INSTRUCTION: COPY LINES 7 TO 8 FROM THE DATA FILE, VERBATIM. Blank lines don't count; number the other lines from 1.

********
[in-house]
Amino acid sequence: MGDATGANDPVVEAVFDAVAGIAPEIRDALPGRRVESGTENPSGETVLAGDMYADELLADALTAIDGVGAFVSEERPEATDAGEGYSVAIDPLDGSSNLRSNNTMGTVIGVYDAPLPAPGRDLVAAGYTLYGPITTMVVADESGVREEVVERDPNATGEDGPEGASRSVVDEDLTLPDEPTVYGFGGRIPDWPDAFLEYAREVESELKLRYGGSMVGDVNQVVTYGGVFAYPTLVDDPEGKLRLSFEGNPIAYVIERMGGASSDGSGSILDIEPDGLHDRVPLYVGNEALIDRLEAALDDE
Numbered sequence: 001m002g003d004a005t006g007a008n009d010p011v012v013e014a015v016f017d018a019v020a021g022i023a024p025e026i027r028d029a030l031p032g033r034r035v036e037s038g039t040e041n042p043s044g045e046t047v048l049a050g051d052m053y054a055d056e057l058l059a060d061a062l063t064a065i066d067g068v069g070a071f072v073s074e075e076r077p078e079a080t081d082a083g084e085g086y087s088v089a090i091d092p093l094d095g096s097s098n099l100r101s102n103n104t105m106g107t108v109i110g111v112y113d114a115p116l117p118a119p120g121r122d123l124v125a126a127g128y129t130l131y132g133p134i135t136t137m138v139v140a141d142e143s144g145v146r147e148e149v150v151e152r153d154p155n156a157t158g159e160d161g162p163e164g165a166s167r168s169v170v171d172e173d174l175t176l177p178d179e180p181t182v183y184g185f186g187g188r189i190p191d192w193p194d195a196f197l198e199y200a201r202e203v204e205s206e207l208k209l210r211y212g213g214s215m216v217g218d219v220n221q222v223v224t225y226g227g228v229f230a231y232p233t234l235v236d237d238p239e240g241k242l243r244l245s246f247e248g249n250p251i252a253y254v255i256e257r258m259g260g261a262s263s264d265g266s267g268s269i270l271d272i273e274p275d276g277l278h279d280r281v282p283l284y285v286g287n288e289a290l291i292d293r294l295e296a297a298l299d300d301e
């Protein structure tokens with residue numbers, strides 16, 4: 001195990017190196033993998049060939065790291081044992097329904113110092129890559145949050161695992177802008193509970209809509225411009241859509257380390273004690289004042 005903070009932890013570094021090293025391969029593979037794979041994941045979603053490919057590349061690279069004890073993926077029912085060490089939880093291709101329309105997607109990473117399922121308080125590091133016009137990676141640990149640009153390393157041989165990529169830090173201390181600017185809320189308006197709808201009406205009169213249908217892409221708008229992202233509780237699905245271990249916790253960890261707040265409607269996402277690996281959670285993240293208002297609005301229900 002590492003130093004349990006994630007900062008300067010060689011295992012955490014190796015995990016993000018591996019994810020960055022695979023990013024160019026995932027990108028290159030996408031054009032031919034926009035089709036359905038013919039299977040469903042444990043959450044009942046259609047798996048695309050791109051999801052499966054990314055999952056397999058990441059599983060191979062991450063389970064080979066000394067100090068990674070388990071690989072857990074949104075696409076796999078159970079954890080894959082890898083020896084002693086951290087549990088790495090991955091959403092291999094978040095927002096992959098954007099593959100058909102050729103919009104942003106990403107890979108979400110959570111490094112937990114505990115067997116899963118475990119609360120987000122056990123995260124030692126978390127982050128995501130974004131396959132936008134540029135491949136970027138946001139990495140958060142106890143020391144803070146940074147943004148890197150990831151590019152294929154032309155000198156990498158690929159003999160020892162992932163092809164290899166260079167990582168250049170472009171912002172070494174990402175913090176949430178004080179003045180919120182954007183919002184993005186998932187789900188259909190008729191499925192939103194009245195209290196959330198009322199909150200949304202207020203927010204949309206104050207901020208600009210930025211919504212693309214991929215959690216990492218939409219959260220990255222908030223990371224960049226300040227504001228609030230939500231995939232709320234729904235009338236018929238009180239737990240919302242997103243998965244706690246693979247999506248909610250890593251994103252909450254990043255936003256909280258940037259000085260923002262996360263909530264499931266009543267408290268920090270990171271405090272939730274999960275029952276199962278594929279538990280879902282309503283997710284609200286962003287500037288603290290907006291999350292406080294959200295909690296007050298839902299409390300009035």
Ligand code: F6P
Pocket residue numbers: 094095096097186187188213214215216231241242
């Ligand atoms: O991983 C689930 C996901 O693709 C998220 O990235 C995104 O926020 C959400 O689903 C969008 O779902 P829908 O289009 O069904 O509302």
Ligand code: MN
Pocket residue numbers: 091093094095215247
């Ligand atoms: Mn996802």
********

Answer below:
């Ligand atoms: O991983 C689930 C996901 O693709 C998220 O990235 C995104 O926020 C959400 O689903 C969008 O779902 P829908 O289009 O069904 O509302």
Ligand code: MN